Death at a funeral: Akeem’s passing prompts race to bandwagon

Acting Prime Minister Errol McLeod told the Trinidad Express yesterday that the national community should observe a minute’s silence for former two-time World Youth Cup player Akeem Adams, who passed away yesterday in Budapest, Hungary.

Unquestionably, the Trinidad and Tobago Government has taken the lead on this initiative. There were virtually three months of silence from McLeod and his Cabinet colleagues while the 22-year-old Adams fought for his life at the Varosmajori Heart Clinic.

Photo: Ferencvaros pays tribute to its former player Akeem Adams.

Photo: Ferencvaros pays tribute to its former player Akeem Adams.

Adams’ employer, Ferencvaros, met all the Trinidadian’s medical expenses but his mother, Ancilla Dick, had to relocate to Budapest to lend emotional support and approve the medical procedures necessary to give her son a fighting chance. Dick, who is a domestic worker by profession, needed groceries, winter clothing and a living allowance and the family pleaded for financial assistance.

But, when Adams needed them most, McLeod and company were rehearsing for their minute’s silence. And the Prime Minister who offered the nation discounted rice, oil and flour for Christmas never thought to give Dick and Adams a few TSTT phone cards to help the humble Point Fortin family communicate during this traumatic time.

“As a father I cannot begin to imagine the grief and despair his family is feeling in these difficult moments,” said Sport Minister Anil Roberts, via a press release. “Akeem was a talented young man who (…) stood as an example to many on how fully utilise all the gifts and talents bestowed on him by the Creator.

“He even faced his final challenge with an optimistic spirit and kept up the fight, right until the end.”

Photo: Former Ferencvaros manager Ricardo Moniz (right) and a player pay tribute to Akeem Adams before a league game.

Photo: Former Ferencvaros coach Ricardo Moniz (right) and a player pay tribute to Akeem Adams before a league game.

Roberts certainly never thought of Adams as his son, though. The Sport Minister flew all the way to Barcelona to cheer on his swimmer, George Bovell III, from poolside in Barcelona, Spain last August. But he never thought of repeating his voyage to Europe to offer a word of encouragement to Adams.

Instead, Adams’ then Portugal-born coach Ricardo Moniz visited him daily to help keep his spirits up.

“I am very sorry about the death of someone who has contributed so much to the sporting world and life of this country,” Point Fortin MP and PNM member Paula Gopee-Scoon told the Trinidad Guardian, “and he must be recognised for that.”

Goopee-Scoon told the Guardian that she planned to visit Adams’ family yesterday to offer condolences to the grieving family. But where was she with her comforting words and recognition of Adams’ sporting achievements when the family was desperate for hope?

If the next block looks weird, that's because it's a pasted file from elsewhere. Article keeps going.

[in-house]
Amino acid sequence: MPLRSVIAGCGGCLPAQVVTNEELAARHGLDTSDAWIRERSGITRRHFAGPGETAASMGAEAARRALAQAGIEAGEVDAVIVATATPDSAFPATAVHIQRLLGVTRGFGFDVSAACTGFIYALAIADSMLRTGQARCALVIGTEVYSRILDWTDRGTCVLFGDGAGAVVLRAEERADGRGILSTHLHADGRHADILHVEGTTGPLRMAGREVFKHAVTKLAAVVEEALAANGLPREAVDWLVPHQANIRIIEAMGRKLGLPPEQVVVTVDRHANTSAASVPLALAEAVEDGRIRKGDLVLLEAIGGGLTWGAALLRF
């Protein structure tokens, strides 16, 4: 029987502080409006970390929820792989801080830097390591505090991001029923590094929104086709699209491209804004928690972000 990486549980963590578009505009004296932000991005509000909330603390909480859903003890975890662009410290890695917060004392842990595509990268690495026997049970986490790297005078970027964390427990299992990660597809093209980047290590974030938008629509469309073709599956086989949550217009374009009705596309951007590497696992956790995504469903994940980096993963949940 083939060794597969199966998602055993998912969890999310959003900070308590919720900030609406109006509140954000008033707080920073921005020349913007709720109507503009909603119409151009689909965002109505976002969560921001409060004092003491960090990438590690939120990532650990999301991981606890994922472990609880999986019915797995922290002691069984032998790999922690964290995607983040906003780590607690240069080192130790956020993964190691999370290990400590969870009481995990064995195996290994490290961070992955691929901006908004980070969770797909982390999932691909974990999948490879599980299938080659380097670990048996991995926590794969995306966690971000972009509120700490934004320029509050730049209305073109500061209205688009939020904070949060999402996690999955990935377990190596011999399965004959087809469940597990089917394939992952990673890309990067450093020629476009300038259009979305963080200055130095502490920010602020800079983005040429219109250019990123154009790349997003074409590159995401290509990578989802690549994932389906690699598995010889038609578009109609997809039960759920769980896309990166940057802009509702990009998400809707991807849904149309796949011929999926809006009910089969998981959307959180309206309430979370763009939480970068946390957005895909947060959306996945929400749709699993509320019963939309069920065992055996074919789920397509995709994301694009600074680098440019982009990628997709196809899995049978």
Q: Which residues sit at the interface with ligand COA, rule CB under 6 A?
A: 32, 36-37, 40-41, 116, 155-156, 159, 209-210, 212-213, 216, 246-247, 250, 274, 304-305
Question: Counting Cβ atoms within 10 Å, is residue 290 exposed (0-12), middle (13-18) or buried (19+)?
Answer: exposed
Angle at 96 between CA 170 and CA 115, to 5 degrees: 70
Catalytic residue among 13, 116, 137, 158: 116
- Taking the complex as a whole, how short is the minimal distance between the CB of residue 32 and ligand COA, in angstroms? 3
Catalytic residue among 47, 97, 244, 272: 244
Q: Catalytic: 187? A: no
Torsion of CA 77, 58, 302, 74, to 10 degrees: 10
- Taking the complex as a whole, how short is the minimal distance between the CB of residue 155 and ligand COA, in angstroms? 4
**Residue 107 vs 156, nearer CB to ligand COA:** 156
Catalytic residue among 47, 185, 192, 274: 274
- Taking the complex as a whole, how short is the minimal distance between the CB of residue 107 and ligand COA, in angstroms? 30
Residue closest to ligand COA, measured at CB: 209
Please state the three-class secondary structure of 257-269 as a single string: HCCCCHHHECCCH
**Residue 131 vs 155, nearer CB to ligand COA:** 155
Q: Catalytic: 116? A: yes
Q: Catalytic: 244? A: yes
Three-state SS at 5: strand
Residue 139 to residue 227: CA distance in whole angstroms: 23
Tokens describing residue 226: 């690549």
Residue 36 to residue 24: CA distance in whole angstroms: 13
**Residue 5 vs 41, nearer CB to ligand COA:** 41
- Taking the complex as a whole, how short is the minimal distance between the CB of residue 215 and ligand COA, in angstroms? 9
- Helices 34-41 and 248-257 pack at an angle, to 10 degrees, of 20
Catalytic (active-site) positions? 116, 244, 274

Photo: Akeem Adams (left) represented Trinidad and Tobago at two World Youth Cup tournaments.

Photo: Akeem Adams (left) represented Trinidad and Tobago at World Youth Cup tournaments in the Republic of Korea and Egypt.

When former Barcelona football star Deco, who has never met the “Soca Warrior”, auctioned his Fluminese jersey to raise funds for the Trinidadian, where were Adams’ compatriots? (Barring, of course, the farcical fund-raiser done by the Trinidad and Tobago Football Association and Native Spirit).

Perhaps the most appropriate State tribute for Adams came from the Trinidad and Tobago Embassy in Brussels, Belgium, which is mandated to handle the nation’s interests in Hungary.

Ambassador Margaret King-Rousseau and her staff did not say a word to the family or the public; just like they had failed to do for the last three months while a young man who flew the Trinidad and Tobago flag for the last seven years on four different continents battled against the odds with a mechanical heart.

Eastern Europe is not well known for its tender treatment of non-white guests. Yet if not for Ferencvaros, Adams would not have survived long enough to spend Christmas with his mother and brother, Akini Adams.

Photo: Ferencvaros paid glowing tributes to Akeem Adams although the Trinidadian only represented the club for a month and a half.

Photo: Ferencvaros paid glowing tributes to Akeem Adams although the Trinidadian only represented the club for a month and a half.

Ferencvaros will foot the bill to transport Adams and his family back home for the funeral too. Then, it will be time for Trinidad and Tobago to show some love for its departed son.

From the looks of things, Akeem Adams will not be short of wailers in jackets and ties and designer dresses. Politicians appear to have loved him more dead than alive.

When Adams suffered a tragic heart attack on September 24, doctors did not feel he would last the weekend. Instead, he fought long enough to be joking around his family on Christmas and Boxing Day.

For those who did more than just promise to say a word of prayer, Wired868 salutes you.

Rest in peace, Akeem Adams.

 

Editor’s Note: Click here to enjoy a beautiful, brief video tribute to Akeem Adams by his former club, Ferencvaros. And here is another clip of Budapest paying its respect to the Soca Warrior.

9 Comments
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